3d Printing, Making, Robotics

3d printed robotic hand – Part #1, designing the finger mechanism

I wrote a short post previously mentioning that I was going to try to build a robotic hand with my 3d printer. I don’t have any grand plan for how to achieve this – I’m going to think a little bit ahead, experiment, and see how things go!

What’s a 3d printed finger going to look like?

The first thing I did was examine the structure of a hand.

Hand
Source: https://en.wikipedia.org/wiki/Hand

I decided that for the printed version, I would make the distal phalanges and intermediate phalanges into a single piece. I also thought that I could use an internal linkage from the knuckle to the intermediate phalange which would allow the finger to curl when the proximal phalange rotates around the knuckle – which only requires rotation around one point.

I won’t judge you if you didn’t read that last paragraph too closely.

I decided to draw out my first attempt a single finger in some CAD software – as usual, I chose to draw this in Autodesk 123D design, and I’ve included some screenshots of this design below.

It’s difficult to explain how this mechanism works using words – a video is probably a better medium for this. I’ll try to explain this below, and colour-code the biology phrases to help clarify which parts they relate to in the diagrams above.

  • The knuckle will be bolted to the proximal phalange, and this in turn will be bolted to the intermediate phalange.
  • There is an internal linkage from the knuckle to the intermediate phalange. This prevents the parts from rotating freely, but it should ensure that when the proximal phalange is rotated that the intermediate phalange will rotate also.

So the next step was to lay these parts out flat and then 3d print them.

  • I had to split the intermediate phalange into two parts which were mirror opposites of each other to simplify the print.
  • Similarly for the proximal phalange, I split the parts (although they aren’t perfect mirror images, I decided to make it asymmetric so that it would be more difficult to match them incorrectly).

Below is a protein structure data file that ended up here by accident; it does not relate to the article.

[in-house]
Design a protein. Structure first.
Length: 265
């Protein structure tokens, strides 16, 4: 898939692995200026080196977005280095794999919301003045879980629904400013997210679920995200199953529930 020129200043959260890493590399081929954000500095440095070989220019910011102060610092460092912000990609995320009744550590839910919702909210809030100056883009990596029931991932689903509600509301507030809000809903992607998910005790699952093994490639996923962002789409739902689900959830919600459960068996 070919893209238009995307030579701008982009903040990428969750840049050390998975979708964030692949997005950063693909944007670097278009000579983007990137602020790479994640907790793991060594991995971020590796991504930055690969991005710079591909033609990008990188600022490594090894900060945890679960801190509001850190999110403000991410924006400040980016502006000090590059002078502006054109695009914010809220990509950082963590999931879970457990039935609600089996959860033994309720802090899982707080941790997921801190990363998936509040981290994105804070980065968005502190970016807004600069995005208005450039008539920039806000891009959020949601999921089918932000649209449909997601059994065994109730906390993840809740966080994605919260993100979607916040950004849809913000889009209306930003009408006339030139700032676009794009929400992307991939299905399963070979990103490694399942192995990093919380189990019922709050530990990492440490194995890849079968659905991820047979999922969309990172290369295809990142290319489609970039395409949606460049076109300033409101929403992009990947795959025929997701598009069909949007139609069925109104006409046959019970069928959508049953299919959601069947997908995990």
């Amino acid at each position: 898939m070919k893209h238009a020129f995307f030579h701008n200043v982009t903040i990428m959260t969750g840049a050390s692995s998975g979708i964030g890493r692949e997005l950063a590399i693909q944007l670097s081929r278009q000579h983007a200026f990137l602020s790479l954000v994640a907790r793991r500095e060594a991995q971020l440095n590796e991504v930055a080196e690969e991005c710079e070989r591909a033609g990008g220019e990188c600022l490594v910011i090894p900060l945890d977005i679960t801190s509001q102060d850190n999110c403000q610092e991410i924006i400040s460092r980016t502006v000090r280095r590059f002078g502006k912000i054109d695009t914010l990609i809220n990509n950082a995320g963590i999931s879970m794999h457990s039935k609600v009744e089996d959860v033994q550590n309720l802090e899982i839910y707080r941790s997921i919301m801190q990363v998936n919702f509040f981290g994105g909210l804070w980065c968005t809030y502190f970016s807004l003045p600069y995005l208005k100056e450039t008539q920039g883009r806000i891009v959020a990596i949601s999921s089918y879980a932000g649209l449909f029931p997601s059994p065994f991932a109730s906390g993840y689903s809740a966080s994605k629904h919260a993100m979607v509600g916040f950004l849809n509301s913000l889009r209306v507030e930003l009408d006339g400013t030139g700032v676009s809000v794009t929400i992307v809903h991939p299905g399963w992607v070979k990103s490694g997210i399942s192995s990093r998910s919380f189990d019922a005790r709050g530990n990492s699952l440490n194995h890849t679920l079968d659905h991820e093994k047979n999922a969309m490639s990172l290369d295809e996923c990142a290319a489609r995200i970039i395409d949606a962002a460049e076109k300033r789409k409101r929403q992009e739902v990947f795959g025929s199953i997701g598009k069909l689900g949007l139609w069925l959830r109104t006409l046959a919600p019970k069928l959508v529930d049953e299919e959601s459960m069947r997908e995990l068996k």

• These opposing parts needed to be stuck together – glue would be fine, but acetone welding is easier.

The photo below shows the printed mechanism – first of all in an un-tensed configuration (meaning lying flat):

flat

The photo below show the mechanism when it’s tensed (meaning rotated around the knuckle). You can see how the top part (intermediate and distal phalanges) starts to bend around as well because of the internal linkage.

upright

The next step is to think about how I can mechanically power this – I’ve ordered some solenoids, as I can use another linkage to translate the solenoid’s linear motion into a rotational movement around the knuckle.

3d Printing, Making, Taz

Building a 3d printer – Taz-5, Part 6: Connecting the X, Y and Z axes together

This will be a short post, but the printer is starting to actually look recognisably like a Taz-5 RepRap printer.

There’s not much left to do to connect the Y-axis and X/Z axes together. I needed to print out four identical pieces of the Y-mount chassis, and you can get the STLs for this part from here.

y-mount-chassis

When these were printed, I needed to insert a 5mm knurled insert nut into the hole in the main body of the part. You can see this in the photo below in the rightmost black part, whereas the other three parts hold M5 x 25mm bolts already.

y-mount-chassis

These parts are bolted into the aluminium extrusion rails at the bottom of the X/Z axes (which was constructed in the previous step) using 4 x M5 x 10mm bolts.

There were a couple of complications for me – these parts are designed by Lulzbot for use with 20mm x 20mm extrusion with a central groove suitable for M4 T-nuts, but my extrusion is slightly different – it has a groove used for M5 T-nuts. These are a bit bigger than the M4 version, and the tabs protruding from the base of the parts printed above clashed with the nuts – so I had to file these tabs off. This isn’t going to have any real impact on the printer, it was just a mild annoyance.

These parts slot into their corresponding parts on the Y-axis, as shown below, and can be bolted together:

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There’s not a lot of point in really tightening the bolts at this point – there’s going to be quite a bit of alignment required later.

Eventually the combined frames look like this.

x-y-z axes

Next time I’ll attach the threaded rods for the Z axis, and the guide rods for the Z-axis and the Y-axis.